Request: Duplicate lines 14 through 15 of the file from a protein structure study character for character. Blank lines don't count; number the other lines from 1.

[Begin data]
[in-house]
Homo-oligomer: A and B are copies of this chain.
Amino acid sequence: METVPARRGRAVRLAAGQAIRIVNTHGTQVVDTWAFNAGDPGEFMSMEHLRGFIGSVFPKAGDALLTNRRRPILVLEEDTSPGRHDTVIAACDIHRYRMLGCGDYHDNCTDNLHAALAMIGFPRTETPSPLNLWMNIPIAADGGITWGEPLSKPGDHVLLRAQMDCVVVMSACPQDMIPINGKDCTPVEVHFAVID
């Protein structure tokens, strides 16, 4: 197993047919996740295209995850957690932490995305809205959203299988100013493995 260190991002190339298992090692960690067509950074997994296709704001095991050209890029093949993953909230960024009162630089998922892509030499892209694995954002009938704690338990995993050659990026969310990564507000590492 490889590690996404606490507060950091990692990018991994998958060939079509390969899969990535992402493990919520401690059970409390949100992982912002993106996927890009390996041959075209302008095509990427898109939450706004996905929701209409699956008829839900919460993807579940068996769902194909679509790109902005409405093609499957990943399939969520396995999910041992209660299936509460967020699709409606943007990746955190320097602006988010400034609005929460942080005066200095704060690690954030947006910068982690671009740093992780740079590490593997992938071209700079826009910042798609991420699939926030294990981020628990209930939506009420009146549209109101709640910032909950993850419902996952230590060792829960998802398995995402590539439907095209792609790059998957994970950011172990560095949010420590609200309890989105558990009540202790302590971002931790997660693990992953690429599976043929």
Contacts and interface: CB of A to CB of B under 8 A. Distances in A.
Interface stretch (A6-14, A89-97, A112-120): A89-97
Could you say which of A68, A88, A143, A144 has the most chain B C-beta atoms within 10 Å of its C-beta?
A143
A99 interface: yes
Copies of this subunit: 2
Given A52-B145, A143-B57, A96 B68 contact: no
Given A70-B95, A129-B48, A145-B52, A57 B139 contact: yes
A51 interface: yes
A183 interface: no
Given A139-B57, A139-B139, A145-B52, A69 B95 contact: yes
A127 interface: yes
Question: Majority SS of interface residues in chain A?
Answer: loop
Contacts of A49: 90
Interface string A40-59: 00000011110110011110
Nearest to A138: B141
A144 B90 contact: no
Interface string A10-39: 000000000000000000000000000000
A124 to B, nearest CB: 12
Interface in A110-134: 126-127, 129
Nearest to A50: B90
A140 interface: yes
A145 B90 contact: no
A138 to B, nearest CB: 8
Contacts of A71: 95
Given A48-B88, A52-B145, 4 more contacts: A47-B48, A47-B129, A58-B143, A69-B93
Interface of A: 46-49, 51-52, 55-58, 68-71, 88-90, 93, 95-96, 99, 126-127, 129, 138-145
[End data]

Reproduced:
A183 interface: no
Given A139-B57, A139-B139, A145-B52, A69 B95 contact: yes